Demonstrating and testing artificial intelligence applications in aerospace
By Kerianne Hobbs|December 2021
The Intelligent Systems Technical Committee works to advance the application of computational problem-solving technologies and methods to aerospace systems.
The aerospace community saw many novel applications of artificial intelligence this year, including demonstrations of artificial intelligent flight control, multiagent planetary exploration vehicles, autonomous navigation on Mars, aids to crewed missions and research into novel detect-and-avoid systems.
In March, the U.S. Air Force Research Laboratory’s Autonomy Capability Team 3 and the U.S. Air Force Test Pilot School flew the first deep reinforcement learning flight control agent on a jet aircraft as part of the Autonomous Air Combat Operations Program. The flight testing, which Test Pilot School students named “Have Cylon,” included a series of two-hour flights using either a single ship (Calspan LJ-25 Learjet) or two ships (Calspan LJ-25 Learjet and an F-16 Fighting Falcon). The artificial intelligence agents were trained using reinforcement learning in simulation and then transferred to the Learjet. Researchers designed the flight tasks to identify simulation-to-real-transfer challenges associated with a zero-shot transfer approach; the tasks culminated in a series of flight maneuvers.
Also in March, the University of Cincinnati’s Aerospace Engineering and Engineering Mechanics Department and NASA’s Ames Research Center in California developed a novel small unmanned aerial systems traffic management system that can autonomously identify, track and manage large-scale sUAS operations. This research primarily focused on developing an intelligent conflict detection and resolution system that uses high-level heuristics and a low-level fuzzy controller to keep sUAS separated, known as the Tactical Intelligent Detect and Avoid System for Drones, or TIDAS-4D. Using only current-state information, the TIDAS-4D system can resolve potential conflicts with and without knowledge of intruder intent. When compared to other state-of-the-art systems, such as ACAS-Xu, the performance of TIDAS-4D was similarly effective at preventing near-midair collisions.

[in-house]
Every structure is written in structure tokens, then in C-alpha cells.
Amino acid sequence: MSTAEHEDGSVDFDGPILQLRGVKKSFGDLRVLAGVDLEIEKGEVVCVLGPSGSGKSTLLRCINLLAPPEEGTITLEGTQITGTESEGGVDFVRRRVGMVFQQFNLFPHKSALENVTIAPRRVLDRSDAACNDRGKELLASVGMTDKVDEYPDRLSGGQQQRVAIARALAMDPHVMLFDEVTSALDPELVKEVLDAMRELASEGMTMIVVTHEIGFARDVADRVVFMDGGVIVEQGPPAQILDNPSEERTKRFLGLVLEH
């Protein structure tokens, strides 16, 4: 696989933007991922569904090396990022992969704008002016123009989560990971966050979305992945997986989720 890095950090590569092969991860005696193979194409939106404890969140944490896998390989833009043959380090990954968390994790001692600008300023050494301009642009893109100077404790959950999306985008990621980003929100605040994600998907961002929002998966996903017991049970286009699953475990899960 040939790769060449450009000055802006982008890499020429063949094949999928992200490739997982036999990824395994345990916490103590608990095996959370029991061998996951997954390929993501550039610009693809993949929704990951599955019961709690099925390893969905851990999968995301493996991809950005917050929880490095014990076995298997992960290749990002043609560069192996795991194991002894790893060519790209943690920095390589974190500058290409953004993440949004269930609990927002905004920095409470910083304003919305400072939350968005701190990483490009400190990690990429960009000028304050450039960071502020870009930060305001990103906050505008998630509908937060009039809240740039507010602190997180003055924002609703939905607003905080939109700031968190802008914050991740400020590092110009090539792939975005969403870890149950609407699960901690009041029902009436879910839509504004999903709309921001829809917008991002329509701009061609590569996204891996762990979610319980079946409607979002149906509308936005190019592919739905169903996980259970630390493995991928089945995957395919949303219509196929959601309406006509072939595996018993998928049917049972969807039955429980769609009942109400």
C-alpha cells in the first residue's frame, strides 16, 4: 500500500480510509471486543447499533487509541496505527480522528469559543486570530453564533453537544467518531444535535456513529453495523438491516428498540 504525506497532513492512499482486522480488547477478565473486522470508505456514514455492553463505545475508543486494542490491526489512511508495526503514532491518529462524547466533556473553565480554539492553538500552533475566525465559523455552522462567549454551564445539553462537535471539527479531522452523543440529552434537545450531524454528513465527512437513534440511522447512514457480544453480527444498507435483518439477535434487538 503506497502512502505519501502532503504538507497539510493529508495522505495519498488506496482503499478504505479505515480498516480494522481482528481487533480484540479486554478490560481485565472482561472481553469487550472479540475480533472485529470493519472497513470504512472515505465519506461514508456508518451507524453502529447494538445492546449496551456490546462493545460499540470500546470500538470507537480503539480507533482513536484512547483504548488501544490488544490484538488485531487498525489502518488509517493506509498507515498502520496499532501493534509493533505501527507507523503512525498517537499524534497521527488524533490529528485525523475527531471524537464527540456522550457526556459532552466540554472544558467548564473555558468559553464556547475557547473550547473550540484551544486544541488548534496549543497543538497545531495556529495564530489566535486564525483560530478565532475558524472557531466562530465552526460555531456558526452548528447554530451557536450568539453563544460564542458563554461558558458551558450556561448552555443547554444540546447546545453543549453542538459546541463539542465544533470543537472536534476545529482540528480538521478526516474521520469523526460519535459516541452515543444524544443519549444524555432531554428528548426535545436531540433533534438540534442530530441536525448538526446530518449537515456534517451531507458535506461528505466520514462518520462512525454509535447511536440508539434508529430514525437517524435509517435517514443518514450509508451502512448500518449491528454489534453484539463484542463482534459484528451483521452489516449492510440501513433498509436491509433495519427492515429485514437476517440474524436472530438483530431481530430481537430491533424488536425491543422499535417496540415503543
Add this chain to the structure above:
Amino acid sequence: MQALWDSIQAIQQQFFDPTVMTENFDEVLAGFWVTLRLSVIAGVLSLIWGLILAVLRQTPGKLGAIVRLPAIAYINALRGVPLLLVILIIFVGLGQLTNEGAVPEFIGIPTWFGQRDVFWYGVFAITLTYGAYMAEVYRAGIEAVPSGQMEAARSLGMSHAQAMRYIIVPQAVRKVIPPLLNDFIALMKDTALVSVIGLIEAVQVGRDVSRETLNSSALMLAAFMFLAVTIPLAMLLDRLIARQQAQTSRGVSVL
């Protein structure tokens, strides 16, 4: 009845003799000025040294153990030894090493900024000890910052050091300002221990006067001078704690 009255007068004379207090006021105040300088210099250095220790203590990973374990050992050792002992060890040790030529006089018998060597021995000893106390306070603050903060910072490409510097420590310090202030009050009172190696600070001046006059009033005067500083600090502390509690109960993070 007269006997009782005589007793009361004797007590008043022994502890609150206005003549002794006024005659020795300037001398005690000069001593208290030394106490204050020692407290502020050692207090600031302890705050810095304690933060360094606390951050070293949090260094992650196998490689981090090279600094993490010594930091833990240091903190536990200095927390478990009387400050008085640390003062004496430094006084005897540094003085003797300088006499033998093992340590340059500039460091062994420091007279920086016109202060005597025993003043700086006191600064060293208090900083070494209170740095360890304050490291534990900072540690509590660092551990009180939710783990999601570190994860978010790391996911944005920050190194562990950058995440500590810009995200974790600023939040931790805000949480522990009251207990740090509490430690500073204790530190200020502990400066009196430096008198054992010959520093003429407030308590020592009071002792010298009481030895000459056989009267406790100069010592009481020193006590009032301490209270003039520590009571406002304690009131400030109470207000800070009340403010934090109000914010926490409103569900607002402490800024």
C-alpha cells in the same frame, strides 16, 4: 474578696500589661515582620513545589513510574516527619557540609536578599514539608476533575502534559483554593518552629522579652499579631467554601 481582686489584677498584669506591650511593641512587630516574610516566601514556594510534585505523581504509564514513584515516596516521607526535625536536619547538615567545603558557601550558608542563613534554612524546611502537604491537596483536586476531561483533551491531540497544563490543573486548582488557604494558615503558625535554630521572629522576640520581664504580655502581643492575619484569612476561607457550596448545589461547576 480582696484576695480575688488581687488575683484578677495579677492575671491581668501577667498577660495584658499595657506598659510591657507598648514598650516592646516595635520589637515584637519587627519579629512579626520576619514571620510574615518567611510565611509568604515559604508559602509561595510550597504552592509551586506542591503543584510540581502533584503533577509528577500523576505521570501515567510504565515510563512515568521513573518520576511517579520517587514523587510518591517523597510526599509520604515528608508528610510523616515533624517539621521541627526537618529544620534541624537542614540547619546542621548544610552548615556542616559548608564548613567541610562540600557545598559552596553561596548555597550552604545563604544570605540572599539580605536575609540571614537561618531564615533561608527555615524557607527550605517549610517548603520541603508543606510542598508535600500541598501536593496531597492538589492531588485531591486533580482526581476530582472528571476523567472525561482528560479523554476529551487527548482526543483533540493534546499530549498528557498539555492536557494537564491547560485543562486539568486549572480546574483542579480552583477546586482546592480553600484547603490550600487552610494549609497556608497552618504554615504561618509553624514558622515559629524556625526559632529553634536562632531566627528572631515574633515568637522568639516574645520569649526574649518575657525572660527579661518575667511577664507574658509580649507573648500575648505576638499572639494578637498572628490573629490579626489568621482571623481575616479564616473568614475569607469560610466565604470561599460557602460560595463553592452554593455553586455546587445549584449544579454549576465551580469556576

In April, the Autonomous Pop-Up Flat Folding Explorer Robot team demonstrated multiple autonomous PUFFERs cooperatively exploring an environment without a map. A series of tests focused on the new multiagent technologies: a mapping database for storing and synchronizing cost maps that supports updating cost maps in response to new localization estimates; pose graph optimization using ultrawideband ranging radios when visual loop closures are not present; and a modular exploration pipeline that allows multiple rovers to explore an environment while satisfying recurrent connectivity constraints. The team completed testing with three PUFFER v4.0s in the mini-Mars Yard at NASA’s Jet Propulsion Laboratory in California.
Since June, novel AI software developed at JPL enabled the Perseverance rover to drive itself autonomously on Mars, over much greater distances than can be achieved with humans alone. This Enhanced Autonomous Navigation software creates a 3D map of the environment using the navigation cameras’ stereo images and generates a path optimized to reach the goal in minimal time while avoiding hazards. ENav enables Perseverance to drive itself beyond the terrain human operators on Earth can see and thus make much faster progress toward the mission’s scientific destinations.
In October, Campaign 6 at the Human Exploration Research Analog facility began at NASA’s Johnson Space Center in Houston. For 45 days, a crew of four subjects were to live in this confined space while conducting scientific experiments, with a focus on increased crew autonomy. Experiments included a technology demonstration for an AI assistant called Daphne, which assists astronauts with diagnosis and resolution of spacecraft anomalies during long-duration exploration missions, when long communication delays preclude timely communications from mission control. This experiment will help NASA develop standards and guidelines for development of similar AI assistants for space exploration.
Contributors: Brandon Cook, Jean-Pierre de la Croix, Daniel Selva and Olivier Toupet